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Periodical article Periodical article Leiden University catalogue Leiden University catalogue WorldCat catalogue WorldCat
Title:Africanist and Islamicist anthropology: empirical and mythological reality
Author:Frantz, CharlesISNI
Year:1995
Periodical:African Anthropology (ISSN 1024-0969)
Volume:2
Issue:1
Period:March
Pages:59-75
Language:English
Notes:biblio. refs.
Geographic term:Africa
Subjects:anthropology
Anthropology and Archaeology
Ethnic and Race Relations
Religion and Witchcraft
Peoples of Africa (Ethnic Groups)
research
Anthropology, Folklore, Culture
Social and cultural anthropology
Islam
Traditional culture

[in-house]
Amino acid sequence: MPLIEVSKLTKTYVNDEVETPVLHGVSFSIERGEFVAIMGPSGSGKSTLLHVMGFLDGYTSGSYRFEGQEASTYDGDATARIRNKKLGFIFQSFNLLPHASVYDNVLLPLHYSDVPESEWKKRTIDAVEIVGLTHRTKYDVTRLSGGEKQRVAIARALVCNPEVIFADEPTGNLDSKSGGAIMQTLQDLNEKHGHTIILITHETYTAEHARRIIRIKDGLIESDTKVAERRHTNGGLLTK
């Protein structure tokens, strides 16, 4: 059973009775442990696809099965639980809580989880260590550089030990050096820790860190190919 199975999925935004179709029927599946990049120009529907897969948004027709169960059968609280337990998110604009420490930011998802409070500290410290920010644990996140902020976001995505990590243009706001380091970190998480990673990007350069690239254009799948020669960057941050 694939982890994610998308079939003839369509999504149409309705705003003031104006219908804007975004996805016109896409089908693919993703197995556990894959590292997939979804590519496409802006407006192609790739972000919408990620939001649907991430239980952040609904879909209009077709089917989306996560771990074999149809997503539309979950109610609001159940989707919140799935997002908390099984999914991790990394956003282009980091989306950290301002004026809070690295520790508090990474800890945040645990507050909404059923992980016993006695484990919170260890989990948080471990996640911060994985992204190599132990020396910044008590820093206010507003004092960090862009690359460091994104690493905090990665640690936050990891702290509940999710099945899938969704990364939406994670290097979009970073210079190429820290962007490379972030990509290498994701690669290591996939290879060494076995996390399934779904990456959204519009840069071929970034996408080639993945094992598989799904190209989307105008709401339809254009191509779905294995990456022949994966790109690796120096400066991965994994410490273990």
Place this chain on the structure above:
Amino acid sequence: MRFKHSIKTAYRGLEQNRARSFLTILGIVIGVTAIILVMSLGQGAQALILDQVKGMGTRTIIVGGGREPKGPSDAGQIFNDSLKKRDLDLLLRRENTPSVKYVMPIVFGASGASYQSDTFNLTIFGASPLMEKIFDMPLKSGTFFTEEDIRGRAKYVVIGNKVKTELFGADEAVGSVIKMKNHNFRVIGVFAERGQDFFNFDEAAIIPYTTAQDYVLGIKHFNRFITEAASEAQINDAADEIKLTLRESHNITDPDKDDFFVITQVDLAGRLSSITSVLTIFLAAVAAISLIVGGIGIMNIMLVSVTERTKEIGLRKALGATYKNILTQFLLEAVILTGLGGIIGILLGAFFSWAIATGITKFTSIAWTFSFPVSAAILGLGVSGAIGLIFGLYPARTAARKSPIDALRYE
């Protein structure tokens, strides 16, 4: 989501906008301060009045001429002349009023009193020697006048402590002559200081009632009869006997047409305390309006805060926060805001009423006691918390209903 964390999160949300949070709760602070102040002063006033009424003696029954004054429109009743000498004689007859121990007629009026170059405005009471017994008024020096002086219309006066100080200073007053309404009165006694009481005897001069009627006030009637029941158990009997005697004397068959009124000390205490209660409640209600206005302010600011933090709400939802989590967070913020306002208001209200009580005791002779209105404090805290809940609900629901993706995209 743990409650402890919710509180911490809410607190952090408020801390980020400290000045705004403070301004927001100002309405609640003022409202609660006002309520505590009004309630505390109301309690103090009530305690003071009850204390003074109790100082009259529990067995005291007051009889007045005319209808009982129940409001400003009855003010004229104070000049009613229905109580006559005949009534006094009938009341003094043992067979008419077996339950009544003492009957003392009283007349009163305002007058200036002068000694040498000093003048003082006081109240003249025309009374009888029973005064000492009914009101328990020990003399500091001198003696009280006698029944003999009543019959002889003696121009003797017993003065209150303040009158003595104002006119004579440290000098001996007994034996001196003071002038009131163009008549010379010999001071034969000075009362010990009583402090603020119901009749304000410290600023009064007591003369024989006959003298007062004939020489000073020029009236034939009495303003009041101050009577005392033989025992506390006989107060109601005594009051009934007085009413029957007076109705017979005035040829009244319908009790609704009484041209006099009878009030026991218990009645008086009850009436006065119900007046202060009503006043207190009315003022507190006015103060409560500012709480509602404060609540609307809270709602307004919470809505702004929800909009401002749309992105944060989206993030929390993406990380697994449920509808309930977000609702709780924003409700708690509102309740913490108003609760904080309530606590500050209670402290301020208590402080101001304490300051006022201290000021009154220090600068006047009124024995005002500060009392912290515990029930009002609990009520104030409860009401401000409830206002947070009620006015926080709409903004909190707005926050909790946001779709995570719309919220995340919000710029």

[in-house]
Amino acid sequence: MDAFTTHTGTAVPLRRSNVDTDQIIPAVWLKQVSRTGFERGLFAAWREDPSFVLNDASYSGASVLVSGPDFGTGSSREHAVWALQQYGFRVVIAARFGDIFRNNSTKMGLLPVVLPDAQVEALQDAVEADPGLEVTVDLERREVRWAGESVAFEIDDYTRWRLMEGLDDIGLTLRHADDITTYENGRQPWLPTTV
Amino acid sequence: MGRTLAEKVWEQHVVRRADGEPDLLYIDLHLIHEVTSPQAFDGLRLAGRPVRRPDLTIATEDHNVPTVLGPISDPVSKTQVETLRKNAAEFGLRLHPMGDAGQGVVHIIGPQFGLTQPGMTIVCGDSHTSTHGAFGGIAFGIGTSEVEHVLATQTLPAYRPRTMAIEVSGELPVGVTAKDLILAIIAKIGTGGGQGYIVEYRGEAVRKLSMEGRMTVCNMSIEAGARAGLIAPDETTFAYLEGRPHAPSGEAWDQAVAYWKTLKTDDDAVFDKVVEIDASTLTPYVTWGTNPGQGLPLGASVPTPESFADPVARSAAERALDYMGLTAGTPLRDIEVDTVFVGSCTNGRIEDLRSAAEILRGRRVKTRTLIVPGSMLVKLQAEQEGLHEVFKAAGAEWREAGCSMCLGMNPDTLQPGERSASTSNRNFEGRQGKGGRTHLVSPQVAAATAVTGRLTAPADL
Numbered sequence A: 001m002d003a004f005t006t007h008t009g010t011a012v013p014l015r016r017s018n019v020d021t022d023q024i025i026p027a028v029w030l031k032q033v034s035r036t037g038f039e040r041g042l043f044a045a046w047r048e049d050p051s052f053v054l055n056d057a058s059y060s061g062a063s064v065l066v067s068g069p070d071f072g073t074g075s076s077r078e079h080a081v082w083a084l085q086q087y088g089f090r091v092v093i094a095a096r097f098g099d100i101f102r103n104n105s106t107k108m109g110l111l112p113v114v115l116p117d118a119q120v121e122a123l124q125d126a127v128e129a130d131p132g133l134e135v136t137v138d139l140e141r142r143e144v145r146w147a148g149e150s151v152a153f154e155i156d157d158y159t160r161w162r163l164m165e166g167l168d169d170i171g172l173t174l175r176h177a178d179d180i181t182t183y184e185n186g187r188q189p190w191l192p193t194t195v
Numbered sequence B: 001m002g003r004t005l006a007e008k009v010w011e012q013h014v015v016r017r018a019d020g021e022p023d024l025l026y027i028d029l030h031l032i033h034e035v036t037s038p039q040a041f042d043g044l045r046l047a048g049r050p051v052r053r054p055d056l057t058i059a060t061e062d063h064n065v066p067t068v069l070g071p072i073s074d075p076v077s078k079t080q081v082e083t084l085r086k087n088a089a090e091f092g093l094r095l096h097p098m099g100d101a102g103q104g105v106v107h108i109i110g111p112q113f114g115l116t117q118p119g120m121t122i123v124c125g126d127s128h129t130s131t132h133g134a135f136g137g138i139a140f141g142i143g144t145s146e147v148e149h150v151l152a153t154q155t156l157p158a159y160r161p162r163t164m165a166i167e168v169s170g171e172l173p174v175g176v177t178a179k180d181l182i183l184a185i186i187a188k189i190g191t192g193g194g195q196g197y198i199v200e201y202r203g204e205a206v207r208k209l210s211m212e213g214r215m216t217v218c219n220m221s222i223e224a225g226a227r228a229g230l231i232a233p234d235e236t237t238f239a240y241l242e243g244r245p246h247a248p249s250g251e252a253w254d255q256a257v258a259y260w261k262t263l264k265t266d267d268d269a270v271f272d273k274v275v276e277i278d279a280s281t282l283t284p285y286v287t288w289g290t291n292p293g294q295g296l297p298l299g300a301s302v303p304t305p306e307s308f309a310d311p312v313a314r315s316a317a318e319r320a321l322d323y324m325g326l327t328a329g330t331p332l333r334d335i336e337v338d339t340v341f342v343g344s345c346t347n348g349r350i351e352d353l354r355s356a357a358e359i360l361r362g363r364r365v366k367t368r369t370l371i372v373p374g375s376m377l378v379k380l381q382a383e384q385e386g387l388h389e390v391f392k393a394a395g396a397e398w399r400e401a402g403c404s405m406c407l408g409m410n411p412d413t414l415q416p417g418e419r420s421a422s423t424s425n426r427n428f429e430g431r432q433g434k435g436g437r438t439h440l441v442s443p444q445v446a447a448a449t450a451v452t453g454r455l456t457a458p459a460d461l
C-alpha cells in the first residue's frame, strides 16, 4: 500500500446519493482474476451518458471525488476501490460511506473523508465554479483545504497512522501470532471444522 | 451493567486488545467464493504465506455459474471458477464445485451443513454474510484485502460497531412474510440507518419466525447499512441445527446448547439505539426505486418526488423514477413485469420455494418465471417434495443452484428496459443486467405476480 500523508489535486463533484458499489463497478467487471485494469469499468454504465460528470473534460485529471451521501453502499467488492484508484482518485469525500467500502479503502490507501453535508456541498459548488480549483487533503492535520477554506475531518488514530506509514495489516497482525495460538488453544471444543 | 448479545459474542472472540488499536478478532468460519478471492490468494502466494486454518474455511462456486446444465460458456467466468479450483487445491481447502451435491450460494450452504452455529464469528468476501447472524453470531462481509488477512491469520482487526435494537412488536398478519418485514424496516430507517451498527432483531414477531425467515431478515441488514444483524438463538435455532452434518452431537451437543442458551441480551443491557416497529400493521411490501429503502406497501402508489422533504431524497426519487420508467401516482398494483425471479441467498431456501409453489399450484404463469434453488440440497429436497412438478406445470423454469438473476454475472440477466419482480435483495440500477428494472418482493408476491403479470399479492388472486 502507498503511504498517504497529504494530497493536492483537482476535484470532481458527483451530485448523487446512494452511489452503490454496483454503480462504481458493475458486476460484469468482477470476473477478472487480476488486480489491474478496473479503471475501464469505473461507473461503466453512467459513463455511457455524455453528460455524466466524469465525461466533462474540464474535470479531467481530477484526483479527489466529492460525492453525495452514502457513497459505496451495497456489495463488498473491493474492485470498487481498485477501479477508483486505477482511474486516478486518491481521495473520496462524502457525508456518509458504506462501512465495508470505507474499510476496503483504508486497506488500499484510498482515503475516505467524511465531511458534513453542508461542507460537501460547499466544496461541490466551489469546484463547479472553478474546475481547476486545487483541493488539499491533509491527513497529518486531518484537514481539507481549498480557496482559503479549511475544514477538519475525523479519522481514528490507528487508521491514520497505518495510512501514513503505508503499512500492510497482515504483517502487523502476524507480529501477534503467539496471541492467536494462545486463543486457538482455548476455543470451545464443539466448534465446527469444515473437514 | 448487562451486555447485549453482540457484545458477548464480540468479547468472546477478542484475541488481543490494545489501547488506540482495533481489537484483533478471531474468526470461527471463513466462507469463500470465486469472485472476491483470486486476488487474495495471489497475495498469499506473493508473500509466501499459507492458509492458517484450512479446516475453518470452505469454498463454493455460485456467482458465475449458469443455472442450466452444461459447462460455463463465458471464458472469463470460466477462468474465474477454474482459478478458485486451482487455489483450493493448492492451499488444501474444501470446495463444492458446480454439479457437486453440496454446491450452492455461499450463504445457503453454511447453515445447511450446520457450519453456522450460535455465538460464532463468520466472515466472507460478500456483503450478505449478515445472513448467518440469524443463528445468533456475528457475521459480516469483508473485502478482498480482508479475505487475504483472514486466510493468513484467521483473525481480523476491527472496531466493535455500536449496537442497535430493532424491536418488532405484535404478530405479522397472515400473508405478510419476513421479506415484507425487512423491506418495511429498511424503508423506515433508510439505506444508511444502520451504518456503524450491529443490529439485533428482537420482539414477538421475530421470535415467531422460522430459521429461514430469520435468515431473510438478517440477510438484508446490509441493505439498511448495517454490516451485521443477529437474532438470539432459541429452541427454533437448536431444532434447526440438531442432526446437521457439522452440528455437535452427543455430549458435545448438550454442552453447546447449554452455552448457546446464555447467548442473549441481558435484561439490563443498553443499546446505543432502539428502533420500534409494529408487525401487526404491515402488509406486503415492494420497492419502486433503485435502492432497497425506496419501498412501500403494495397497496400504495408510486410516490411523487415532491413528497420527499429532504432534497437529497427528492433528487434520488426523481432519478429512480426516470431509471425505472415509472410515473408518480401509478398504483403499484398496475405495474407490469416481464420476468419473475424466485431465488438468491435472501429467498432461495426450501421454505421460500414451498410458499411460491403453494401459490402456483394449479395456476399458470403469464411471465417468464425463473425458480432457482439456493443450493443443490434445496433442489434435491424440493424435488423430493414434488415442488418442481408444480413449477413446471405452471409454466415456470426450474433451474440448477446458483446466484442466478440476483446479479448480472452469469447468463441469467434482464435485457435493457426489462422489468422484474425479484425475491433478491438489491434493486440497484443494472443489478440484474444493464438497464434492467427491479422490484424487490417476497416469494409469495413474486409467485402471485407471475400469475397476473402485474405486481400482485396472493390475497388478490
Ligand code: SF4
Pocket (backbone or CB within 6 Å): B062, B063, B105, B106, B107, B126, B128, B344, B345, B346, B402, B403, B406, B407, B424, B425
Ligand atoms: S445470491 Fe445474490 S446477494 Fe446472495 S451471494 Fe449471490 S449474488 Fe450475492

Abstract:A significant proportion of African scholars has held a pessimistic view of anthropology. The present author argues that this was partly a reaction to the fact that anthropology was introduced and mainly practised by Europeans and that its subjects were mostly non-European peoples. Much of the energy put into anticolonial and anti-Western ideological argumentation was spent at the cost of field research and the development of new theories. In recent years, however, a variety of new approaches has emerged, including feminist anthropology, creationism, and evangelical Christian anthropology. The author focuses on two new paradigms, viz. Islamic anthropology and Afrocentrism, and their applicability in Africa. He argues that a basic constraint on the development of an Islamic anthropology is its nonpositivism. The origin of the Afrocentric paradigm goes back to the Negritude and Black Consciousness movements and it has developed over the past two decades both in Africa and in the United States, emphasizing the subjective analysis of black feelings, knowledge and actions. There is little evidence that these two approaches are more than slight reworkings of earlier anthropological paradigms. Whether they will remain almost mythical will depend on the reactivation of broader and more empirical models and methods. Bibliogr.
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